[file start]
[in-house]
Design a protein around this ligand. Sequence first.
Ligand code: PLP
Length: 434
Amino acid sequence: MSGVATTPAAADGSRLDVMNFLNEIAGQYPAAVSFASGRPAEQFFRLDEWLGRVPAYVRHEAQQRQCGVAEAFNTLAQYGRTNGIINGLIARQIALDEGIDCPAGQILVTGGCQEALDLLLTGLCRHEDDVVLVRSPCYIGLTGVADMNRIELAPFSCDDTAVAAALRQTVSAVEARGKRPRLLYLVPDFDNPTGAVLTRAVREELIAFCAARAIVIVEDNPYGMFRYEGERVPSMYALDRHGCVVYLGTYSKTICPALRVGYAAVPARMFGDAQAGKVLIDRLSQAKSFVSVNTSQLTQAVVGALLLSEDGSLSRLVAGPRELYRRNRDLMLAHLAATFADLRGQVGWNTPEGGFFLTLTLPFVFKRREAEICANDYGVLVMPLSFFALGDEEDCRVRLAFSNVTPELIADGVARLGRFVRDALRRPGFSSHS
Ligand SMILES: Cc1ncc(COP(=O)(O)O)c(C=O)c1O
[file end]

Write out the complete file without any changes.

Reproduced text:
[in-house]
Design a protein around this ligand. Sequence first.
Ligand code: PLP
Length: 434
Amino acid sequence: MSGVATTPAAADGSRLDVMNFLNEIAGQYPAAVSFASGRPAEQFFRLDEWLGRVPAYVRHEAQQRQCGVAEAFNTLAQYGRTNGIINGLIARQIALDEGIDCPAGQILVTGGCQEALDLLLTGLCRHEDDVVLVRSPCYIGLTGVADMNRIELAPFSCDDTAVAAALRQTVSAVEARGKRPRLLYLVPDFDNPTGAVLTRAVREELIAFCAARAIVIVEDNPYGMFRYEGERVPSMYALDRHGCVVYLGTYSKTICPALRVGYAAVPARMFGDAQAGKVLIDRLSQAKSFVSVNTSQLTQAVVGALLLSEDGSLSRLVAGPRELYRRNRDLMLAHLAATFADLRGQVGWNTPEGGFFLTLTLPFVFKRREAEICANDYGVLVMPLSFFALGDEEDCRVRLAFSNVTPELIADGVARLGRFVRDALRRPGFSSHS
Ligand SMILES: Cc1ncc(COP(=O)(O)O)c(C=O)c1O